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Like with many sports, the key to building strong fundamental skills is to start young. Soccer is a great sport to get youths involved in as it is excellent exercise, instills confidence and builds teamwork skills.
At times, coaching young kids can be a challenge, although, for many coaches, youth soccer is a worthwhile effort. Here some tips for coaching youth soccer that may help your team on and off the field:
Make it Fun
Coaching youth soccer is different than coaching an older group. Younger kids are often not as competitively driven and are looking to have fun rather than win a championship. By making practices fun with drills disguised as mini-games, your kids will feel like they are playing, while learning the basics and fundamentals of the sport.
Always Plan Ahead
Sometimes practice doesn’t go how you imagine it. If the kids are especially rowdy or have too much energy to focus on your drill or game, it might be a good idea to have a backup activity to do in case your current plans fall through. By planning ahead, you can make sure the team is always in control, and you are always the authority figure on the field.
Talk to the Parents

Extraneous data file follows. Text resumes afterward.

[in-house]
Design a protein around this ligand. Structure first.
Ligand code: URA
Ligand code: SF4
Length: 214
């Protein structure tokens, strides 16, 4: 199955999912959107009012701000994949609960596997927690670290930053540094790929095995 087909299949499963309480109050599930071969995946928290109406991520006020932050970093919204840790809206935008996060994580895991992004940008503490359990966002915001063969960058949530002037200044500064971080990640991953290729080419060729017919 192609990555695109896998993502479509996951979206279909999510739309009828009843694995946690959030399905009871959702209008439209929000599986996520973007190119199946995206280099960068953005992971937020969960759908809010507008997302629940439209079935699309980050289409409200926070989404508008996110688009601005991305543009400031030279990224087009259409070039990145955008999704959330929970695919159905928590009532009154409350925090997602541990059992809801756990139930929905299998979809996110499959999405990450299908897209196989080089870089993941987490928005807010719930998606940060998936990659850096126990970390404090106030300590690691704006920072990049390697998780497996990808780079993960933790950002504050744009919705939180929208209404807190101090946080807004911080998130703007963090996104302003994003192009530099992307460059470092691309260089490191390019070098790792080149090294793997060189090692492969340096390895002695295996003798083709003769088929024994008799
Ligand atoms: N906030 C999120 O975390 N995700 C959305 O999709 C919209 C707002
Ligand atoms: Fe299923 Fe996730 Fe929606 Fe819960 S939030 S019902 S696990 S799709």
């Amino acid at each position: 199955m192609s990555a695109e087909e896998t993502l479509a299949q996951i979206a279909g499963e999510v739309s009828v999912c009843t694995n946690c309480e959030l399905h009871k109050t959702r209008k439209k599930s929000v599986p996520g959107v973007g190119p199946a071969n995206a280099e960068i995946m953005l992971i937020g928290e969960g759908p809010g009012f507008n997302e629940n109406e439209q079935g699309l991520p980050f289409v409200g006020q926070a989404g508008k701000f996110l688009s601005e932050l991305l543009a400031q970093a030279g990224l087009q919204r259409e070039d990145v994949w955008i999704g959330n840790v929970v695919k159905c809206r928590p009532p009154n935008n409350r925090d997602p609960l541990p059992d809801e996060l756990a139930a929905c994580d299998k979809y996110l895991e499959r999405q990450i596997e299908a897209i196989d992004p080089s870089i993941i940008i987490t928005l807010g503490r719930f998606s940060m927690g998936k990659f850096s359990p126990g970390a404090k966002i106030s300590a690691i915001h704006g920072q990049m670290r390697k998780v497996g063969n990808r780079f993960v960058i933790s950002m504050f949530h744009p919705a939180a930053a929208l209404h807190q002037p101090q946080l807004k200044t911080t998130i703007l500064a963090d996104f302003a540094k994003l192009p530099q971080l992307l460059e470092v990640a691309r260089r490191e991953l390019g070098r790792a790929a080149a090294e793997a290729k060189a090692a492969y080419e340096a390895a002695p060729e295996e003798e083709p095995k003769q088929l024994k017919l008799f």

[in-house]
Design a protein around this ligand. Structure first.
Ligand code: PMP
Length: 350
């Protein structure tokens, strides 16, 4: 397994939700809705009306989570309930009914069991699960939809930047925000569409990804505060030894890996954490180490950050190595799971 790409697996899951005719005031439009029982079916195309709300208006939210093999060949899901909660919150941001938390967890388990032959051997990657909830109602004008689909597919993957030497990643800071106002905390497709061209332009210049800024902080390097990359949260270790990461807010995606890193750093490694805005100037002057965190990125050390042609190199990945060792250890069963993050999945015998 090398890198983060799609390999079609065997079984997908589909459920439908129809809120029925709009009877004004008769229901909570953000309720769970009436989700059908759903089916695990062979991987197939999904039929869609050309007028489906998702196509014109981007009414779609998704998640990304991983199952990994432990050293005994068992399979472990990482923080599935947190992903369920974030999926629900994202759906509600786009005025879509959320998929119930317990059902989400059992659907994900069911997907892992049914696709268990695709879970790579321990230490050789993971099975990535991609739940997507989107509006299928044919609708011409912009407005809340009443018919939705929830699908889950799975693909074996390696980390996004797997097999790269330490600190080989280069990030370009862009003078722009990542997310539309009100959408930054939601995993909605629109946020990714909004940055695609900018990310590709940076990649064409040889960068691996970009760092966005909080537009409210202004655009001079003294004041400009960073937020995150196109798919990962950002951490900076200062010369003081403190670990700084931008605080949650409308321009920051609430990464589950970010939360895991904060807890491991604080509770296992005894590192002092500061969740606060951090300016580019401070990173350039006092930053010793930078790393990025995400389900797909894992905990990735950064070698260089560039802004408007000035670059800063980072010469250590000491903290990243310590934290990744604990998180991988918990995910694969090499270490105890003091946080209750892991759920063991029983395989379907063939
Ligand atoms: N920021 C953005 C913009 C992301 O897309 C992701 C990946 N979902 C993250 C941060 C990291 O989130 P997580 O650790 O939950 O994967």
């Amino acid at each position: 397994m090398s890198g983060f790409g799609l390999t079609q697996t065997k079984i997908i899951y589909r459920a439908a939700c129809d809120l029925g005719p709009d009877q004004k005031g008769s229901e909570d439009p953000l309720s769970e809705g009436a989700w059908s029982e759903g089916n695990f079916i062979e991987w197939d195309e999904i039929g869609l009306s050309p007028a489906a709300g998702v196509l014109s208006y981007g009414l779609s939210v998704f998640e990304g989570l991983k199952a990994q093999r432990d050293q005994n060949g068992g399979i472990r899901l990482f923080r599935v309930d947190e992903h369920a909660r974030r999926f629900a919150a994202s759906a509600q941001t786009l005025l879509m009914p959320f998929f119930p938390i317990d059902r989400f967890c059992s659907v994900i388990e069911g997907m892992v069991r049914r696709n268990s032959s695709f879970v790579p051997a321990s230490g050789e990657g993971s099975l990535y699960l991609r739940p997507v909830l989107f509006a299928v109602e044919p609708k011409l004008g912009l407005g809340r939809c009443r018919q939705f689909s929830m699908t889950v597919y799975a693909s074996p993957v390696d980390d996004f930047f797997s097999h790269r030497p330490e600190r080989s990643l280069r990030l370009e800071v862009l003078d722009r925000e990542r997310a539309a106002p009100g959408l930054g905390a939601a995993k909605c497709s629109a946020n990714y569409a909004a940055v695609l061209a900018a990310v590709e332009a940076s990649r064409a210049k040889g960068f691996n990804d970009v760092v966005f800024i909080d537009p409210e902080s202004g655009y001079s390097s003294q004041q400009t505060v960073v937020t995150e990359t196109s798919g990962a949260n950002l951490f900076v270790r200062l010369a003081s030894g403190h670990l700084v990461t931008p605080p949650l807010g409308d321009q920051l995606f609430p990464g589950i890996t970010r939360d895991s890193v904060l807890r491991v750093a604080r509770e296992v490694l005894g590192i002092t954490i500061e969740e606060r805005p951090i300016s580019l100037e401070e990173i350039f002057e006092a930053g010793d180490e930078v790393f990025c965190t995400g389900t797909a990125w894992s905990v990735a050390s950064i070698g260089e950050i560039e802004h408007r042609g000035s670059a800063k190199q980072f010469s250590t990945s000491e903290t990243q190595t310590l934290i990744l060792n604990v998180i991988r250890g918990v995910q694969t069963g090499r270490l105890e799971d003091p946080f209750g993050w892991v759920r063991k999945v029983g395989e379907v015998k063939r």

Encourage open communication with parents to be more involved in your team. Find out how the kids are doing in school, what their other interests are, and if they have any special needs that should be addressed on the field. By keeping an open dialogue with the parents, you will, in turn, be able to communicate and relate better to the kids. Gaining the support of the parents will also make coaching easier, kids often take many cues about what adults to trust by who their parents trust.
Don’t get Hung Up on Winning
In youth soccer, winning is not the most important thing. It’s important that you stay positive if losing is the reality. At a young age, kids will develop social cues from the adults around them, and if they see the coach as being calm and composed in the face of loss, it will instill good sportsmanship-like behavior in them for the future. By not focusing on winning, you can also reward the team when they try their best. This will encourage them to keep trying and work hard, instilling a good work ethic for the future.
Do not Single Players out
If you have a star player on the team, make sure they receive recognition, but do not put other players down or ignore them. In youth soccer, every player must get the nurturing support and encouragement from the coach, regardless of skill level. This type of coaching boosts confidence in your players and makes sure everyone feels included.
The Most Important Tip of All
Since youth soccer is all about having fun, make sure it’s always fun for the kids. At the end of the season, reward your team with a pizza party or trophy regardless of their standing in the league. By following these tips, you can help create confident and skilled players while your nurturing and encouragement stays with them for the rest of their lives.